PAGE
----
bae.ncsu.edu, soil.ncsu.edu, ext.vt.edu
I don't even have a garden, at least not in Chester County. I have a postage stamp-size backyard garden in New York City. I planted it two years ago and planted all the wrong things. I didn't know that at the time. It's doing well, everything blooms and nothing has died. But I'll be pulling some of the plants up and replacing them because I want to do my part to save the world — the natural world, that is.
Edie Parnum & Barb Elliot
Co-Directors of Backyards for Nature
Valley Forge Audubon Society
3:00pm ~ 5:00pm
Crow’s Nest Preserve
201 Piersol Road
Elverson, PA 19520
A garden without birds is like a half finished picture - no matter how perfect, it's more enjoyable when it's filled with bird song. Plants and birds are a natural combination and now is a great time to plan for creating an oasis for birds in your garden. With a mission to inspire and teach people to create healthy habitats in their yards using native plants and providing the essentials for wildlife to thrive, Edie Parnum and Barb Elliot will share the how-to and rewards of attracting birds into your garden.
For registration or more information:
Habitat Resource Network of Southeast Pennsylvania
P.O. Box 274
Chadds Ford, PA 19317
- Don Shadow, nurseryman/owner of Shadow Nursery, www.shadownursery.com, has introduced many outstanding plants to the trade and will speak on new and unique plants useful in the garden of today.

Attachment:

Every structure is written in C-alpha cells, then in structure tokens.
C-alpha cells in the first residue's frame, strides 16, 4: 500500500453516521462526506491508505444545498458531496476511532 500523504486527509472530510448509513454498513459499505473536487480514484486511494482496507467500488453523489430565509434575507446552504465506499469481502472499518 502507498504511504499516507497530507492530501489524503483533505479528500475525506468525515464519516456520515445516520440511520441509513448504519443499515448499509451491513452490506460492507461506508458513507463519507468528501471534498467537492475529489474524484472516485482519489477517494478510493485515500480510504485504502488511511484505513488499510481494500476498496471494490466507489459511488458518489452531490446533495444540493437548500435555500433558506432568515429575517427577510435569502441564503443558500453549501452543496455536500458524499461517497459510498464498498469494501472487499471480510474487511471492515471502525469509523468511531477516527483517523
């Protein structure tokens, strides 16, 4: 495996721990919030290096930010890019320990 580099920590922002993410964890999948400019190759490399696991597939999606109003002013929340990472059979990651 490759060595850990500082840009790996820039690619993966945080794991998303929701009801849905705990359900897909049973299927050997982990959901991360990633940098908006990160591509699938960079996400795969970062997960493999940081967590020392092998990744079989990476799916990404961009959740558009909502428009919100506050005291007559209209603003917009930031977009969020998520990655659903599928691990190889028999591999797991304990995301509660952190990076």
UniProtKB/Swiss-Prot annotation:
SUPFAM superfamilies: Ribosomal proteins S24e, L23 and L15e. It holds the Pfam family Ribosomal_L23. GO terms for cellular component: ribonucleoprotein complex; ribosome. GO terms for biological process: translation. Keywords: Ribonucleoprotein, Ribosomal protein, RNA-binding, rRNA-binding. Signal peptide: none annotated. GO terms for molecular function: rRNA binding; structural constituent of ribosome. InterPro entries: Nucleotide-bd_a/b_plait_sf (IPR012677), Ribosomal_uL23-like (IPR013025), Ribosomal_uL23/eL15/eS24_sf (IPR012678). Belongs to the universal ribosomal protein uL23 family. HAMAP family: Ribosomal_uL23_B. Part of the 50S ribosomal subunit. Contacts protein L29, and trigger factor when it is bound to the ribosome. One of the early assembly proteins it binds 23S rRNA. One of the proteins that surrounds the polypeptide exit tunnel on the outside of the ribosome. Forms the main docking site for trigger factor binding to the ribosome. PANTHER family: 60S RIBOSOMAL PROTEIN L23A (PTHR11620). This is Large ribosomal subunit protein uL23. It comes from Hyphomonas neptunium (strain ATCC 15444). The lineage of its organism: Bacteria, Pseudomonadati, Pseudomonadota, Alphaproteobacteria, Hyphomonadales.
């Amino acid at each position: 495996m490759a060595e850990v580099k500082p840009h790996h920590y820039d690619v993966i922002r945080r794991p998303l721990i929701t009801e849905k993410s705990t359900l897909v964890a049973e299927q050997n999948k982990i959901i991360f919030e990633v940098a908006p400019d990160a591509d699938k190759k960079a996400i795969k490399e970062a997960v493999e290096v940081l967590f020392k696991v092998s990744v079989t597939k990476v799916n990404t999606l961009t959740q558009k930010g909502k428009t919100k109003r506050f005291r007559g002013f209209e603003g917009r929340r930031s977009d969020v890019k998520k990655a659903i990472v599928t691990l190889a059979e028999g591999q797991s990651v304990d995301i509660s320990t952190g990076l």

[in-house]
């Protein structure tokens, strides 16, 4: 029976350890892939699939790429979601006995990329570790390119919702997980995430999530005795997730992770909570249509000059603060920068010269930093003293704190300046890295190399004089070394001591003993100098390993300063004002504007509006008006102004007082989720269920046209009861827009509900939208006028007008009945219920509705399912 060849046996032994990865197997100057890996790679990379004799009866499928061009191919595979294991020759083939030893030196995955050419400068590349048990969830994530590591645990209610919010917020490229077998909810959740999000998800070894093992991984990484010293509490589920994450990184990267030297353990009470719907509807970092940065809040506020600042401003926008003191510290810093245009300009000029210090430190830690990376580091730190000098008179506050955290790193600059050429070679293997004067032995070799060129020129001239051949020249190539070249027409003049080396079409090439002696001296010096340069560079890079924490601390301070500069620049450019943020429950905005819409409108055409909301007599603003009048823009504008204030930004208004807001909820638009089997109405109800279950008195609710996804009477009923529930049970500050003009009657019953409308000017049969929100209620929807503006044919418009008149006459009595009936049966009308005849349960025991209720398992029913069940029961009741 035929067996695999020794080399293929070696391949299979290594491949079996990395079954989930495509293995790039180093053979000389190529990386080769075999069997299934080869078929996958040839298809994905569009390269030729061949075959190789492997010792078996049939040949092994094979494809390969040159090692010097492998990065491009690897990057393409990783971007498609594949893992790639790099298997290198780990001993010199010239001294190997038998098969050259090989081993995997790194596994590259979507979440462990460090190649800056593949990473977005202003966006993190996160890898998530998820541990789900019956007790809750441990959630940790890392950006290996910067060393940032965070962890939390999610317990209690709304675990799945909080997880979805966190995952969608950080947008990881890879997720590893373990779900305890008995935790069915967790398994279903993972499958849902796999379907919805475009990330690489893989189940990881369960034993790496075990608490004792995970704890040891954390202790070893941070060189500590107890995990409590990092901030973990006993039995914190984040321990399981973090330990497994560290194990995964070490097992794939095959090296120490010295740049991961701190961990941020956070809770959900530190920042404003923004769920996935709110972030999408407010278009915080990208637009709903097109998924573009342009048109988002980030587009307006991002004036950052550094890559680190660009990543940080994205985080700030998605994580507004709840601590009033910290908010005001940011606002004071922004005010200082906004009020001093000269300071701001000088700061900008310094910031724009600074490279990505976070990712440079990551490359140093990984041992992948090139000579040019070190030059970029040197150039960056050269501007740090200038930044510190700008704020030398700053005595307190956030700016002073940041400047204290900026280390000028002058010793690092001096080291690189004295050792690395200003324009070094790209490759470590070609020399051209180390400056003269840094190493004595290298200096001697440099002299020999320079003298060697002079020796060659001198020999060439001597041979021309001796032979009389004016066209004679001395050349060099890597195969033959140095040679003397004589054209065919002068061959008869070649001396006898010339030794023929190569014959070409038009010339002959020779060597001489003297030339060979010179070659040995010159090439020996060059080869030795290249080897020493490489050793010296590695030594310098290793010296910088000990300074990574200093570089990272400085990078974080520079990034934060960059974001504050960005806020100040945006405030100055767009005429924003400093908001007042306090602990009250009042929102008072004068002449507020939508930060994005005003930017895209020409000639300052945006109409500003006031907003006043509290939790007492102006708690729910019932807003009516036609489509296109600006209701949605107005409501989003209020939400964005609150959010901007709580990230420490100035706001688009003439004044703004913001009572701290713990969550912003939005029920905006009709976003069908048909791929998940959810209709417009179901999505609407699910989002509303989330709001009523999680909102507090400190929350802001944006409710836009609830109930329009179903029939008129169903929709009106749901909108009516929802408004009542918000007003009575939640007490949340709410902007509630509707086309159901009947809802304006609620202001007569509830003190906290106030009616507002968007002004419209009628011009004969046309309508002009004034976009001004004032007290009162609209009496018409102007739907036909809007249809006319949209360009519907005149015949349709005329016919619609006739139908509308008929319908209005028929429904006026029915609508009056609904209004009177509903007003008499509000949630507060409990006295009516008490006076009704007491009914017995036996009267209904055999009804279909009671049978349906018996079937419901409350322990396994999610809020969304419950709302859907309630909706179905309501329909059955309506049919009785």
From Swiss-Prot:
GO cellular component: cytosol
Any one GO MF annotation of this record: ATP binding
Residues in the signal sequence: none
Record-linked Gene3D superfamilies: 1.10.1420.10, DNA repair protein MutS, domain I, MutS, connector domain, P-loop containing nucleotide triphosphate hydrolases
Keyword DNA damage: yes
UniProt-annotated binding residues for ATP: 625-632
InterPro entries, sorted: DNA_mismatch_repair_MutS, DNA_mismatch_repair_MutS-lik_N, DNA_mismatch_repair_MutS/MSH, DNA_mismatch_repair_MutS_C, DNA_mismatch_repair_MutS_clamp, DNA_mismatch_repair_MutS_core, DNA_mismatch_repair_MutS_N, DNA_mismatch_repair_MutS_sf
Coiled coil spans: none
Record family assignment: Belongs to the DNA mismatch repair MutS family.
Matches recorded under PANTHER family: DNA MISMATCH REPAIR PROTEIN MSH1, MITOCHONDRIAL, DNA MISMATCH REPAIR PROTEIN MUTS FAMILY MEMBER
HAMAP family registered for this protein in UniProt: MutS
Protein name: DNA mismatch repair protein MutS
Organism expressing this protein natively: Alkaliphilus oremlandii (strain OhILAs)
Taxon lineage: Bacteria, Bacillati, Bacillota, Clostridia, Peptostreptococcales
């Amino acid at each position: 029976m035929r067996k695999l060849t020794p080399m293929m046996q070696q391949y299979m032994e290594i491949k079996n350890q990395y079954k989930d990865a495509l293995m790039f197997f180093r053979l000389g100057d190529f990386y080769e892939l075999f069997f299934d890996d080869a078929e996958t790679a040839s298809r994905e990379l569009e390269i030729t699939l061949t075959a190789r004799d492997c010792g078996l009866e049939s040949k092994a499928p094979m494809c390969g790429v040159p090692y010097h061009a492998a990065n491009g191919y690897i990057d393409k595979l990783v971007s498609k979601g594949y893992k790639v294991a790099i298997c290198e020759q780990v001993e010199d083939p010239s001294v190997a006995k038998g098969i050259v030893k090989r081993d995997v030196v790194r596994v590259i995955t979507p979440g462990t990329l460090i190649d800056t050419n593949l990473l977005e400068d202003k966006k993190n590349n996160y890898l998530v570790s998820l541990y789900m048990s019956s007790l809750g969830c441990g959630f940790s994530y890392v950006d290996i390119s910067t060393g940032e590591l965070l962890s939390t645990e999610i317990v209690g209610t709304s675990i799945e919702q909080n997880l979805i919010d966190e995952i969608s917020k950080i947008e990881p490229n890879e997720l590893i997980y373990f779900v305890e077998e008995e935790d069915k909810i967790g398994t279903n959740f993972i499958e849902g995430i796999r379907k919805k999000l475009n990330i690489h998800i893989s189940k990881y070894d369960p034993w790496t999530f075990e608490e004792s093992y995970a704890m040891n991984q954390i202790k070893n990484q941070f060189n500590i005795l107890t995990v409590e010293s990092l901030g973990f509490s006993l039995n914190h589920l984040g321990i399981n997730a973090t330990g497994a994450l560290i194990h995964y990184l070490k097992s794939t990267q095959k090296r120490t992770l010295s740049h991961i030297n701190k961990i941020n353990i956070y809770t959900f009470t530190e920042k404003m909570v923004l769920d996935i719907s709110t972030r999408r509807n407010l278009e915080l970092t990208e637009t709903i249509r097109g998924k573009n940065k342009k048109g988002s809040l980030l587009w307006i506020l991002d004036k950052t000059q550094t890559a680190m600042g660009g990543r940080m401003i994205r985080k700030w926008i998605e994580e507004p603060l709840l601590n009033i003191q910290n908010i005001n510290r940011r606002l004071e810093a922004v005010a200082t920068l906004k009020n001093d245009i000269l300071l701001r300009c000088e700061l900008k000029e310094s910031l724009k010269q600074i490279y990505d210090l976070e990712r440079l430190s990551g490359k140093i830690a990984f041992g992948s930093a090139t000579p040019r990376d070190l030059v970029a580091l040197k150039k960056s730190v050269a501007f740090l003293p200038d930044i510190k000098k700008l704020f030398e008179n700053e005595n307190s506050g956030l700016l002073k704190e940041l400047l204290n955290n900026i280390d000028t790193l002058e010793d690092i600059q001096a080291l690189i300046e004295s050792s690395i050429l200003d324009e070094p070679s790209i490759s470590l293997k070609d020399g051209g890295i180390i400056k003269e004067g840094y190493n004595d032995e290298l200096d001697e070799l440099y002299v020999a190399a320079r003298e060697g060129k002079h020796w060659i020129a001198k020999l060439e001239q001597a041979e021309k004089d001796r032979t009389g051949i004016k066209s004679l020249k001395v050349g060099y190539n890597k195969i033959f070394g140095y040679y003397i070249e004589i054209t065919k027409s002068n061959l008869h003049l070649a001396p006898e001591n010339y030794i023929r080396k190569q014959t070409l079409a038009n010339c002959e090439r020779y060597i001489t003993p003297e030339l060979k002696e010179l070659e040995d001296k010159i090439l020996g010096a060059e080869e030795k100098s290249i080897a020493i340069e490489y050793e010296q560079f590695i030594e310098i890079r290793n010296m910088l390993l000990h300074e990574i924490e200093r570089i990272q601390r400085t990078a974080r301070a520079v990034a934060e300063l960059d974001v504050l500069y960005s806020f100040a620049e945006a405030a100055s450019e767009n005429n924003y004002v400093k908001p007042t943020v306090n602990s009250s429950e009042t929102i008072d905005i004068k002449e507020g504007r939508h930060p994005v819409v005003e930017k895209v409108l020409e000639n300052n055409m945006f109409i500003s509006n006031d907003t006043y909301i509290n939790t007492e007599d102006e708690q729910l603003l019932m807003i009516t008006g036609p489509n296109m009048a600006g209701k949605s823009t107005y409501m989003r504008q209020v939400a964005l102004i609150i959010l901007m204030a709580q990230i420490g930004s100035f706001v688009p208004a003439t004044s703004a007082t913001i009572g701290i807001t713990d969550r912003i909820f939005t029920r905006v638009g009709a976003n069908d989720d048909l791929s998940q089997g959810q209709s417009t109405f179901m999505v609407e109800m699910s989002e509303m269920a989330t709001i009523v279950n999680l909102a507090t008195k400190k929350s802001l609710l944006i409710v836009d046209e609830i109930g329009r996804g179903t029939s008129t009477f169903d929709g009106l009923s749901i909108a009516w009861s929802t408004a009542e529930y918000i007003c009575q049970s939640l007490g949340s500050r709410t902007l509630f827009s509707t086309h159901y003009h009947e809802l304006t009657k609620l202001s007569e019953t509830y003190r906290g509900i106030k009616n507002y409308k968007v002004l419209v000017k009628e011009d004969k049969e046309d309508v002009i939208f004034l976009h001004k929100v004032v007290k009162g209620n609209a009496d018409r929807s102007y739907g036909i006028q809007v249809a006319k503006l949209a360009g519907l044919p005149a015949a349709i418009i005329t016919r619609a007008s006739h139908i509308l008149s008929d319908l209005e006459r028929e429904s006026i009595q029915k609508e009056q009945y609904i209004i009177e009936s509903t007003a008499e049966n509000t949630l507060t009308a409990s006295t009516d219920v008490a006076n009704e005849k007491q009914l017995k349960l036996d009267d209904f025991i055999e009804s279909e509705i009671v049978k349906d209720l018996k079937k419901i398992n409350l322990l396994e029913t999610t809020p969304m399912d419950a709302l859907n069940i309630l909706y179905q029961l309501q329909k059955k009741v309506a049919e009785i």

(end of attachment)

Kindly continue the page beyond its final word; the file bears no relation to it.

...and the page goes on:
- Rick Lewandowski, Director of Mt Cuba Center for Piedmont Flora, Environmentally responsible choice for garden practice.
- Jenny Carey, Director of the Landscape Arboretum, Temple Ambler, Creating a luxuriant Mid-Atlantic garden with no additional water.
- Gregg Tepper, Woods Path Gardener, Mt Cuba - Sensory appeal of native plants and their unique characteristics.
Download a registration form at the Hardy Plant Society web site, www.hardyplant.org.
These photos are from Rick W. capturing his backyard prairie garden in Downingtown, PA, which he began six years ago. His main herbaceous plants are:
- Big and Little Bluestem
- Purple Coneflower
- Rattlesnake Master
He also has some woody plants on the east side of the garden:
- New Jersey Tea
- Virginia sweetspire
- Smooth Sumac (volunteers)
He includes birdfeeders with black sunflower seed and thistle seed and a bird fountain.
Rick, your pictures are lovely and the gardens are beautiful! Thank you so much for sharing these with the other members.
Everyone, continue sending in emails that you would like to see posted.
For those of you who had the opporunity to come out this past weekend, please do not hesitate to share your experience and your habitat plans here. You can even post pictures and get suggestions from other members!
Course topics include:
- How to restore and create wildlife habitat on your property by providing food, water, shelter and places to raise young.
- The importance of native plants to our local ecosystem, plant selection and sources
- How to design for people (including children) and wildlife
- Sustainable gardening practices that are good for the earth, people and wildlife
- The process of Wildlife Habitat Certification through the National Wildlife Federation and Audubon.
- Additional resources and information tailored to each homeowners’ landscape.
Lastly, the Invasive Species blog (which we follow) just recently posted a disturbing message for those of us in PA who have Ash trees on our properties!
Pictures from: http://www.hort.uconn.edu/plants/index.html